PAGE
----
The Dagger’s Path (The Forsaken Lands #2), by Glenda Larke, (January 13, Orbit)
It should have been easy, return the stolen feather and restore Ardhi back to his rightful place. But when Saker, Ardhi, Sorrel, and Piper arrive to find the island in chaos, returning just the one feather will not help, not when the other three have mysteriously disappeared as well. As Saker and Ardhi work to mend the distrust caused by Ardhi’s betrayal and attempt to retrieve the other feathers, they slowly find a sort of peace with the islanders. That is, until Saker realizes they unintentionally led the Spice traders straight to the sacred island they were hoping to protect. Now Saker must fight with both the Va witchery and Chenderawasi magic to defend everything that Ardhi holds dear. But Saker’s powers are very new, and their enemies have them surrounded.
The Darkest Part of the Forest, by Holly Black, (January 13, Little, Brown BYR)
Hazel lives with her brother, Ben, in the strange town of Fairfold where humans and fae exist side by side. The faeries’ seemingly harmless magic attracts tourists, but Hazel knows how dangerous they can be, and she knows how to stop them. Or she did, once. At the center of it all, there is a glass coffin in the woods. It rests right on the ground and in it sleeps a boy with horns on his head and ears as pointed as knives. Hazel and Ben were both in love with him as children. The boy has slept there for generations, never waking. Until one day, he does. As the world turns upside down, Hazel tries to remember her years pretending to be a knight. But swept up in new love, shifting loyalties, and the fresh sting of betrayal, will it be enough?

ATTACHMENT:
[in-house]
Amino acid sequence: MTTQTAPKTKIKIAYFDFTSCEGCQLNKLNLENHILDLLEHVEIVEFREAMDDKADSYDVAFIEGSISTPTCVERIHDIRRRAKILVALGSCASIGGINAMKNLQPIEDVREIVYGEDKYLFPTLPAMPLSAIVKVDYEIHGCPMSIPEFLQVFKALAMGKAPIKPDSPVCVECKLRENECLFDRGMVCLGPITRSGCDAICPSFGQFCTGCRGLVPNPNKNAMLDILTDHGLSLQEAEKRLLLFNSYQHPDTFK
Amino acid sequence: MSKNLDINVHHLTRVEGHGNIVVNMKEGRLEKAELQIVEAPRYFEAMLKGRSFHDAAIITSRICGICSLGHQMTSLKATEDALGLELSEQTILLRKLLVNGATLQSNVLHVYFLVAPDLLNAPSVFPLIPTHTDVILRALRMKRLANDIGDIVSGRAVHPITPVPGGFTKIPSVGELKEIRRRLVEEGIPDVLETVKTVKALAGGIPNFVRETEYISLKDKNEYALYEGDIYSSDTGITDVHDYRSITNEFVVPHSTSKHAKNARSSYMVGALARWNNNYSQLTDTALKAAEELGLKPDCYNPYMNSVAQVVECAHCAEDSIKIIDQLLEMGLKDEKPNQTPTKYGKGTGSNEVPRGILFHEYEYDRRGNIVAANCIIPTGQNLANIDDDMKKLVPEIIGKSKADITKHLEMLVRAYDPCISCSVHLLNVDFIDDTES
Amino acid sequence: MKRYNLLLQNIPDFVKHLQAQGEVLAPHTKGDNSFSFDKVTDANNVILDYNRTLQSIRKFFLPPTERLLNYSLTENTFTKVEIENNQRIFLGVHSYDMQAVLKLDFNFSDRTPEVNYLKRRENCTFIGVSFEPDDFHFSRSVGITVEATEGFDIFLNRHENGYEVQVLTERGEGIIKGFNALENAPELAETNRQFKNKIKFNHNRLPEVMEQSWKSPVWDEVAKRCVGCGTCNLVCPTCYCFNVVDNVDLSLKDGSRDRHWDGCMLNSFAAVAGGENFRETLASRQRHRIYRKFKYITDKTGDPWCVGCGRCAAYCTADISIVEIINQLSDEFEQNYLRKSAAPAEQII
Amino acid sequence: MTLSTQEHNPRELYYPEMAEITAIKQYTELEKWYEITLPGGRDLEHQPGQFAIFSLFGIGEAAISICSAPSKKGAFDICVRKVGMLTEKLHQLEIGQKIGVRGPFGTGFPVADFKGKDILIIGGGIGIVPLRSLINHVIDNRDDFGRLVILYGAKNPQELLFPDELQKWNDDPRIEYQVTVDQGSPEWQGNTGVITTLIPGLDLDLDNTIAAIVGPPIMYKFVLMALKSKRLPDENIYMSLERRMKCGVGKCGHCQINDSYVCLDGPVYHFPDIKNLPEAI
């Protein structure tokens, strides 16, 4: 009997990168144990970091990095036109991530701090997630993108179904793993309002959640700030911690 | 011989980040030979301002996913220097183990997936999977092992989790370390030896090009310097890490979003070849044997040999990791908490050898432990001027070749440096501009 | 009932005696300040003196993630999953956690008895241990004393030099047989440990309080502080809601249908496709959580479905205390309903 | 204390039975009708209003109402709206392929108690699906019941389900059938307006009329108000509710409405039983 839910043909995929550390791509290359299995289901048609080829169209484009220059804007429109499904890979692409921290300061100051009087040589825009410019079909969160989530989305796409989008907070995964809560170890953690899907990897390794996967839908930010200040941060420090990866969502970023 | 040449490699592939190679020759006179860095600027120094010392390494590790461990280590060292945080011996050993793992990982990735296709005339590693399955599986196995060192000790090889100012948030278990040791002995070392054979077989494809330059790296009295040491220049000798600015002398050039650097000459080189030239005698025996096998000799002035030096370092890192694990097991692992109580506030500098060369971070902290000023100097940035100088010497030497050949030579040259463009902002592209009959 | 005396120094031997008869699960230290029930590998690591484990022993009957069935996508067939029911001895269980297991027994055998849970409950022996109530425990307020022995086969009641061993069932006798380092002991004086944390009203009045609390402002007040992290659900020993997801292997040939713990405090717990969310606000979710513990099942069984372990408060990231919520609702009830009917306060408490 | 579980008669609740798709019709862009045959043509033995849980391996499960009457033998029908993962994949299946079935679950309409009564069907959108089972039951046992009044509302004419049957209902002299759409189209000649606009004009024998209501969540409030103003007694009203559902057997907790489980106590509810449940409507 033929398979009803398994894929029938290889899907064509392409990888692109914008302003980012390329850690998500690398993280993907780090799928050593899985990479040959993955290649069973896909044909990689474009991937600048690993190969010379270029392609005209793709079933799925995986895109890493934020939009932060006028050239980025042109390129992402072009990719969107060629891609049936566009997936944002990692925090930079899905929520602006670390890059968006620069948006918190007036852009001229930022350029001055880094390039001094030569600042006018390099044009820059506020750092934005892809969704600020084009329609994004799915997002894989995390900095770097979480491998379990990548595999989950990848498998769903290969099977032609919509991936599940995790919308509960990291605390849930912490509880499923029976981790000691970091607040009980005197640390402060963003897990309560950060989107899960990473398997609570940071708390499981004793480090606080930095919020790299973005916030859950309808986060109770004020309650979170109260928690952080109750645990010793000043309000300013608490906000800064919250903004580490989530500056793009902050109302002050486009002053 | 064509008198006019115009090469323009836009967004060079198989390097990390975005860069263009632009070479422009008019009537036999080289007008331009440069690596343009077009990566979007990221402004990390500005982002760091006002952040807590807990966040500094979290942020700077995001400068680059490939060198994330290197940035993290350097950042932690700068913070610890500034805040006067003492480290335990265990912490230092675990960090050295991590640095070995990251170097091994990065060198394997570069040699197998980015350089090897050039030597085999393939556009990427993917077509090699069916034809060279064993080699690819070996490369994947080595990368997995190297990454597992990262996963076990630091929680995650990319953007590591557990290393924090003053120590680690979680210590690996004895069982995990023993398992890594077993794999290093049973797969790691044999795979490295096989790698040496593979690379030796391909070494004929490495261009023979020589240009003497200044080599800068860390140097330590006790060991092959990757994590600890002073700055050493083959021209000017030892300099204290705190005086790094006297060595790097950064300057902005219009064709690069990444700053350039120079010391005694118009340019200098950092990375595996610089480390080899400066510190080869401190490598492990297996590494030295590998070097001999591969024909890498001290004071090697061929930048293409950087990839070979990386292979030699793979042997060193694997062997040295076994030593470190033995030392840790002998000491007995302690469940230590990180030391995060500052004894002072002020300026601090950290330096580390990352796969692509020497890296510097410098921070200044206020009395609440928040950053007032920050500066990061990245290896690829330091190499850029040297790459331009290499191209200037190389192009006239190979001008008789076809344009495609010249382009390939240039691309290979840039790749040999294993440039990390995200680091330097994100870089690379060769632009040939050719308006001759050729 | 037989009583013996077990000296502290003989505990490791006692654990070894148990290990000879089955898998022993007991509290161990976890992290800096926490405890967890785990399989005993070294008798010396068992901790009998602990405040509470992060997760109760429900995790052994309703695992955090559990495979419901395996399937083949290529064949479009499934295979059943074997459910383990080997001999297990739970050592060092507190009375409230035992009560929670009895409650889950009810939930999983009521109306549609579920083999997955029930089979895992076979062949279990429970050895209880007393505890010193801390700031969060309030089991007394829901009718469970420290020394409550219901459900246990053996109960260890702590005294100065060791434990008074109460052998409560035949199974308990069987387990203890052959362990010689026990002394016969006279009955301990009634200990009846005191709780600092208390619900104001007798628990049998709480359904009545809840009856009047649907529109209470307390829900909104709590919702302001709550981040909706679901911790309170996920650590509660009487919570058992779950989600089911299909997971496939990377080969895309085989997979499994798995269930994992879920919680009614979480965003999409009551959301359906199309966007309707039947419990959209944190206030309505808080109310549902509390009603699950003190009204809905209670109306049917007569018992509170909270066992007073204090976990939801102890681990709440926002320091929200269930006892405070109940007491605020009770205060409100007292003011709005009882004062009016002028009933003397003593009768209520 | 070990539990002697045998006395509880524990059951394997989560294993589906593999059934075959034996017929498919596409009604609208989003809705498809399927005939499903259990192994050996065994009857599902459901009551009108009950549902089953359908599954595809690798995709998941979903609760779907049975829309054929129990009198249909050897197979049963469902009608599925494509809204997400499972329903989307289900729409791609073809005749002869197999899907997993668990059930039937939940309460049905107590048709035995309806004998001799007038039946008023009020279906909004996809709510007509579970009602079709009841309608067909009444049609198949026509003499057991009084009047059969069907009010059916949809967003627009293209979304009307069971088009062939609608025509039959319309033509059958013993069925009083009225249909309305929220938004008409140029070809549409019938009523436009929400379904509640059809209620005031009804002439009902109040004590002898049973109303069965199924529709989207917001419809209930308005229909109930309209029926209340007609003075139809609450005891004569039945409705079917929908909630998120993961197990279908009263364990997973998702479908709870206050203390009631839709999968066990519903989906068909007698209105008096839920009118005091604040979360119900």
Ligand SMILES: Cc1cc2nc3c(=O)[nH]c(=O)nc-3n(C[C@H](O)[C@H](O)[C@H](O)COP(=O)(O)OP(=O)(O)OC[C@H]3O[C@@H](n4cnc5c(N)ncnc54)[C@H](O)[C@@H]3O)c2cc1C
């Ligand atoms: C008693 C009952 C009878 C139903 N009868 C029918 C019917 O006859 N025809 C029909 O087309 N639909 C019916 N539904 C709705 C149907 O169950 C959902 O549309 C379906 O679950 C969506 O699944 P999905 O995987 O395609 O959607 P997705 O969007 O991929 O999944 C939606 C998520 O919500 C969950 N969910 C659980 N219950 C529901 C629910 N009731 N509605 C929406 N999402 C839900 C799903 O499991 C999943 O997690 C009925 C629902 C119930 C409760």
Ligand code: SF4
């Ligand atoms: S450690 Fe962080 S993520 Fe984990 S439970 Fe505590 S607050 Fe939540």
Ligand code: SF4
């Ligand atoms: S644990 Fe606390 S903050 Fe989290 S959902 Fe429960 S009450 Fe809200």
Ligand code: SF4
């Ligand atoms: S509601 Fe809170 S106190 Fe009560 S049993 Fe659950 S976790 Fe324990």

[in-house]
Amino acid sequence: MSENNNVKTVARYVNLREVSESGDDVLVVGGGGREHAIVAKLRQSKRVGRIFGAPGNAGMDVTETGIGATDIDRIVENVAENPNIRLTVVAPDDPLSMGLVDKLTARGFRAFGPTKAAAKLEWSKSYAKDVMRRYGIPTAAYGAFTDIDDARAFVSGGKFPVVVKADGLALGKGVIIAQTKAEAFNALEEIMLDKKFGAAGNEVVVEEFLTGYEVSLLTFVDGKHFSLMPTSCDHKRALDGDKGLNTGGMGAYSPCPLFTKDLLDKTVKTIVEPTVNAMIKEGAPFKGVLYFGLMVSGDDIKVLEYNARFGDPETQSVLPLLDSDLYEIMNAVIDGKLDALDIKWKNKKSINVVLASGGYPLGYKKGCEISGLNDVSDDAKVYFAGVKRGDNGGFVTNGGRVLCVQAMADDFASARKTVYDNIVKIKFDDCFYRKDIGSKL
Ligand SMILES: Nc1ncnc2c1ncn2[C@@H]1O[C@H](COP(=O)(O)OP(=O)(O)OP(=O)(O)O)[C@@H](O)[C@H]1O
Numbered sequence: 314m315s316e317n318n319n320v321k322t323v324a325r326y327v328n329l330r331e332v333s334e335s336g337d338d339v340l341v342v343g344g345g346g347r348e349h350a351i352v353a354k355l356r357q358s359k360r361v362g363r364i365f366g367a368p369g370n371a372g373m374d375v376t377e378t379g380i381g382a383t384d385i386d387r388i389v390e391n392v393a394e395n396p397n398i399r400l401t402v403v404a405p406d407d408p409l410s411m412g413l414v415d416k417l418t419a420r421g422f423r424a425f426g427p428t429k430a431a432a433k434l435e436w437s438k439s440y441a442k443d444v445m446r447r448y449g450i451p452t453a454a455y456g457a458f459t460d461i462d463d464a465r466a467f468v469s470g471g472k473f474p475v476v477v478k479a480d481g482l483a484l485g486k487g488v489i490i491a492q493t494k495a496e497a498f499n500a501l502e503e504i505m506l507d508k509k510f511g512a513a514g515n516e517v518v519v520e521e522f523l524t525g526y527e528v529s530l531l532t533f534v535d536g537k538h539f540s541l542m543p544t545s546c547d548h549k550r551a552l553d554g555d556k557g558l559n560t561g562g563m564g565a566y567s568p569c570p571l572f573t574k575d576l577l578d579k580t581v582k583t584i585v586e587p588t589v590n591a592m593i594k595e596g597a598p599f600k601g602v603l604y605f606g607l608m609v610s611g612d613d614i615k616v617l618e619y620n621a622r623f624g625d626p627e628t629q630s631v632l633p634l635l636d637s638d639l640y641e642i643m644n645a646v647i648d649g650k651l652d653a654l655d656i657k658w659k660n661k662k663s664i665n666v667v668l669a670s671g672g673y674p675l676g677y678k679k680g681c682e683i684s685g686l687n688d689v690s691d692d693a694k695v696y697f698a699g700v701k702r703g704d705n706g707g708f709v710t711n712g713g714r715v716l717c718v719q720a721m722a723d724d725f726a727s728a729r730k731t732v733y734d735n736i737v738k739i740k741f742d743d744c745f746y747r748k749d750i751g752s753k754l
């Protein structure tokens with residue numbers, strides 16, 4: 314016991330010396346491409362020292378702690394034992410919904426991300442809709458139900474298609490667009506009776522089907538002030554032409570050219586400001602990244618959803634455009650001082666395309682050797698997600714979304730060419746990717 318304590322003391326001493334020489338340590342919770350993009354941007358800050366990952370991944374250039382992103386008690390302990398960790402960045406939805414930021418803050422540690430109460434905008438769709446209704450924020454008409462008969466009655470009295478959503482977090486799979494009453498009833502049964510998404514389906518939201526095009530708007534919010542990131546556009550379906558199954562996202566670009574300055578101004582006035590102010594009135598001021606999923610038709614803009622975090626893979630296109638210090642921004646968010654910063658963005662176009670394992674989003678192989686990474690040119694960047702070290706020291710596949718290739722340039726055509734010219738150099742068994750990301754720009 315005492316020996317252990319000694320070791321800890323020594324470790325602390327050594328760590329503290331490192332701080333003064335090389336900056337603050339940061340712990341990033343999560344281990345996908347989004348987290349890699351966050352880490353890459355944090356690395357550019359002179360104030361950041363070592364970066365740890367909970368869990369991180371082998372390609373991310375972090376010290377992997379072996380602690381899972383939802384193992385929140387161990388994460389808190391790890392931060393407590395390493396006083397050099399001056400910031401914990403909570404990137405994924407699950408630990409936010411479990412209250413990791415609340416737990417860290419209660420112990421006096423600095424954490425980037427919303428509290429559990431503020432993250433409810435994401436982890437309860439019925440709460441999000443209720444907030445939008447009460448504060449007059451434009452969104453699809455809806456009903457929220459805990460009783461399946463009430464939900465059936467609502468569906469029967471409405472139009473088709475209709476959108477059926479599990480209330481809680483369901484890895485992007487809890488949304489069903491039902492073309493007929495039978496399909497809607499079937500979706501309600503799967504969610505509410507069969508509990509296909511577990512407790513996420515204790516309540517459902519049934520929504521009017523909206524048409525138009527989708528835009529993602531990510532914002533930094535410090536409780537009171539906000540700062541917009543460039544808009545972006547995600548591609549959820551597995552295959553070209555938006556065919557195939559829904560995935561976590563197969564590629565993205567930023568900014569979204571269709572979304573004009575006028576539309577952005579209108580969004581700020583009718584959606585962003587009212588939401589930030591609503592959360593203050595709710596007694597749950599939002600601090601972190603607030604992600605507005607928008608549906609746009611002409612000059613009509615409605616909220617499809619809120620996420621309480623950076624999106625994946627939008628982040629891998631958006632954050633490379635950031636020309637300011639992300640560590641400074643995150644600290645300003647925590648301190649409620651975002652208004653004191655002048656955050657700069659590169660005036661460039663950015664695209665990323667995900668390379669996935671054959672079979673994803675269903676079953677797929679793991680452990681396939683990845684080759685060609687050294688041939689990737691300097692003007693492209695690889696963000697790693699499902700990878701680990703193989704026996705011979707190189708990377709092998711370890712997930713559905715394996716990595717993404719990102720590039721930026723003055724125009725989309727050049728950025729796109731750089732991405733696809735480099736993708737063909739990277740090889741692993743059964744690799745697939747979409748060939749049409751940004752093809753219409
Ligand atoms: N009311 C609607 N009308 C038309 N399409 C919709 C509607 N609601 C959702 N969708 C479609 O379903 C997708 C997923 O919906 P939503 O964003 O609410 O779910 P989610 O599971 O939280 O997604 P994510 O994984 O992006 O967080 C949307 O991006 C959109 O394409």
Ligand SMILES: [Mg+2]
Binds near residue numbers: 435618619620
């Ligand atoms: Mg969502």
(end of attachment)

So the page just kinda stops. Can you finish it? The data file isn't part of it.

The Deep, by Nick Cutter, (January 13, Gallery)
A strange plague called the ’Gets is decimating humanity on a global scale. It causes people to forget, small things at first, then the not-so-small things. Then their bodies forget how to function involuntarily. Far below the surface of the Pacific Ocean, deep in the Marianas Trench, an heretofore unknown substance hailed as “ambrosia” has been discovered, a universal healer, from initial reports. In order to study this phenomenon, a special research lab, the Trieste, has been built eight miles under the sea’s surface. But now the station is incommunicado, and it’s up to a brave few to descend through the lightless fathoms in hopes of unraveling the mysteries lurking at those crushing depths, and perhaps to encounter an evil blacker than anything one could possibly imagine.
The Just City (Thessaly #1), by Jo Walton, (January 13, Tor)
Created as an experiment by the goddess Pallas Athene, the Just City is a planned community, populated by children and adult teachers from all eras of history, along with some handy robots from the far human future. The student Simmea, is a brilliant child, eager for knowledge, ready to be her best self. The teacher Maia was once Ethel, who prayed to Pallas Athene during a trip to Rome, and, found herself in the Just City with Athene standing before her. Apollo, stunned by the realization that there are things mortals understand better than he does, has arranged to live a human life, and has come to the City as one of the children. A few years in, Sokrates arrives, the same Sokrates recorded by Plato himself, to ask all the troublesome questions you would expect.
The Last American Vampire, by Seth Grahame-Smith, (January 13, Grand Central)
In Reconstruction-era America, vampire Henry Sturges is searching for renewed purpose in the wake of his friend Abraham Lincoln’s shocking death. It will be an expansive journey that will first send him to England for an unexpected encounter with Jack the Ripper, then to New York City for the birth of a new American century, the dawn of the electric era of Tesla and Edison, and the blazing disaster of the 1937 Hindenburg crash. Along the way, Henry goes on the road in a Kerouac-influenced trip of vampire history through Russia’s October Revolution, the First and Second World Wars, and the JFK assassination.